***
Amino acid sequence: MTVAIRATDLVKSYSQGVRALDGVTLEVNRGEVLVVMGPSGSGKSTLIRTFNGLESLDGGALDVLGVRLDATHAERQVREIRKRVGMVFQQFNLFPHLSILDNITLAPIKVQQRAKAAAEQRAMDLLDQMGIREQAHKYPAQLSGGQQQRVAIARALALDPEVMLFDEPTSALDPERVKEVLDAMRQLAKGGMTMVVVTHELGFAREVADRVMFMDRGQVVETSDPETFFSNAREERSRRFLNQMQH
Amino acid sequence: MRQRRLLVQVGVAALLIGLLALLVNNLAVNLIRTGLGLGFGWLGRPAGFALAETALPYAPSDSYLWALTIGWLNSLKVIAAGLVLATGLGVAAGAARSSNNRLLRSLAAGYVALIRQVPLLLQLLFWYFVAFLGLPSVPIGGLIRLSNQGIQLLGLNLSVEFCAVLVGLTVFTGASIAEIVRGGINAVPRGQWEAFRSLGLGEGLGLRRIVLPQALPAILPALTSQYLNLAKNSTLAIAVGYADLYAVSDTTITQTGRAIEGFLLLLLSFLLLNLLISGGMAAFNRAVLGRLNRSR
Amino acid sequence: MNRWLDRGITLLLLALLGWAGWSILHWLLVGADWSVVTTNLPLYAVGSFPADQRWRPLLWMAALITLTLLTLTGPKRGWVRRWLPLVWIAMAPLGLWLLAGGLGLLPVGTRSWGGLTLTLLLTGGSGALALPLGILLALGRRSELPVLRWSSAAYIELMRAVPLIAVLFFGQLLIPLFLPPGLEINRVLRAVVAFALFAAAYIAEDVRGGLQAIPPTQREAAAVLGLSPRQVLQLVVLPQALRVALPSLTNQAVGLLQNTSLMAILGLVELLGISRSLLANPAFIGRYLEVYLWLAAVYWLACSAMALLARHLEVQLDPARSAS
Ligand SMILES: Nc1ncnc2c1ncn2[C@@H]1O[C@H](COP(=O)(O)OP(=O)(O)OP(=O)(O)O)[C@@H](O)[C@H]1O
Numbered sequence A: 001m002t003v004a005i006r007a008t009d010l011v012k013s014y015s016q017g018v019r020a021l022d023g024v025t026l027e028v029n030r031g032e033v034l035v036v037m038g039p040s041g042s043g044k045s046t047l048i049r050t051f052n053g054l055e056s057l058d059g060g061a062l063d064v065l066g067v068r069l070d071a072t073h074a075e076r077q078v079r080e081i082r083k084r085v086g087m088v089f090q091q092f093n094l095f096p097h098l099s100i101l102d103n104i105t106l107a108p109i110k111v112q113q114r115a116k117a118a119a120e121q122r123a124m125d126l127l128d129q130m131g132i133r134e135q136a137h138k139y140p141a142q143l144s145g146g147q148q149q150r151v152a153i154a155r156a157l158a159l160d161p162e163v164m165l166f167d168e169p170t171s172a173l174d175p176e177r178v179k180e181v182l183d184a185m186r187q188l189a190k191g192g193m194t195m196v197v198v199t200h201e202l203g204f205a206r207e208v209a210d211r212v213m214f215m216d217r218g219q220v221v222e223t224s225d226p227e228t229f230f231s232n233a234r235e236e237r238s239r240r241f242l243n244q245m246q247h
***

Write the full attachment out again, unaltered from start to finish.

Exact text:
Amino acid sequence: MTVAIRATDLVKSYSQGVRALDGVTLEVNRGEVLVVMGPSGSGKSTLIRTFNGLESLDGGALDVLGVRLDATHAERQVREIRKRVGMVFQQFNLFPHLSILDNITLAPIKVQQRAKAAAEQRAMDLLDQMGIREQAHKYPAQLSGGQQQRVAIARALALDPEVMLFDEPTSALDPERVKEVLDAMRQLAKGGMTMVVVTHELGFAREVADRVMFMDRGQVVETSDPETFFSNAREERSRRFLNQMQH
Amino acid sequence: MRQRRLLVQVGVAALLIGLLALLVNNLAVNLIRTGLGLGFGWLGRPAGFALAETALPYAPSDSYLWALTIGWLNSLKVIAAGLVLATGLGVAAGAARSSNNRLLRSLAAGYVALIRQVPLLLQLLFWYFVAFLGLPSVPIGGLIRLSNQGIQLLGLNLSVEFCAVLVGLTVFTGASIAEIVRGGINAVPRGQWEAFRSLGLGEGLGLRRIVLPQALPAILPALTSQYLNLAKNSTLAIAVGYADLYAVSDTTITQTGRAIEGFLLLLLSFLLLNLLISGGMAAFNRAVLGRLNRSR
Amino acid sequence: MNRWLDRGITLLLLALLGWAGWSILHWLLVGADWSVVTTNLPLYAVGSFPADQRWRPLLWMAALITLTLLTLTGPKRGWVRRWLPLVWIAMAPLGLWLLAGGLGLLPVGTRSWGGLTLTLLLTGGSGALALPLGILLALGRRSELPVLRWSSAAYIELMRAVPLIAVLFFGQLLIPLFLPPGLEINRVLRAVVAFALFAAAYIAEDVRGGLQAIPPTQREAAAVLGLSPRQVLQLVVLPQALRVALPSLTNQAVGLLQNTSLMAILGLVELLGISRSLLANPAFIGRYLEVYLWLAAVYWLACSAMALLARHLEVQLDPARSAS
Ligand SMILES: Nc1ncnc2c1ncn2[C@@H]1O[C@H](COP(=O)(O)OP(=O)(O)OP(=O)(O)O)[C@@H](O)[C@H]1O
Numbered sequence A: 001m002t003v004a005i006r007a008t009d010l011v012k013s014y015s016q017g018v019r020a021l022d023g024v025t026l027e028v029n030r031g032e033v034l035v036v037m038g039p040s041g042s043g044k045s046t047l048i049r050t051f052n053g054l055e056s057l058d059g060g061a062l063d064v065l066g067v068r069l070d071a072t073h074a075e076r077q078v079r080e081i082r083k084r085v086g087m088v089f090q091q092f093n094l095f096p097h098l099s100i101l102d103n104i105t106l107a108p109i110k111v112q113q114r115a116k117a118a119a120e121q122r123a124m125d126l127l128d129q130m131g132i133r134e135q136a137h138k139y140p141a142q143l144s145g146g147q148q149q150r151v152a153i154a155r156a157l158a159l160d161p162e163v164m165l166f167d168e169p170t171s172a173l174d175p176e177r178v179k180e181v182l183d184a185m186r187q188l189a190k191g192g193m194t195m196v197v198v199t200h201e202l203g204f205a206r207e208v209a210d211r212v213m214f215m216d217r218g219q220v221v222e223t224s225d226p227e228t229f230f231s232n233a234r235e236e237r238s239r240r241f242l243n244q245m246q247h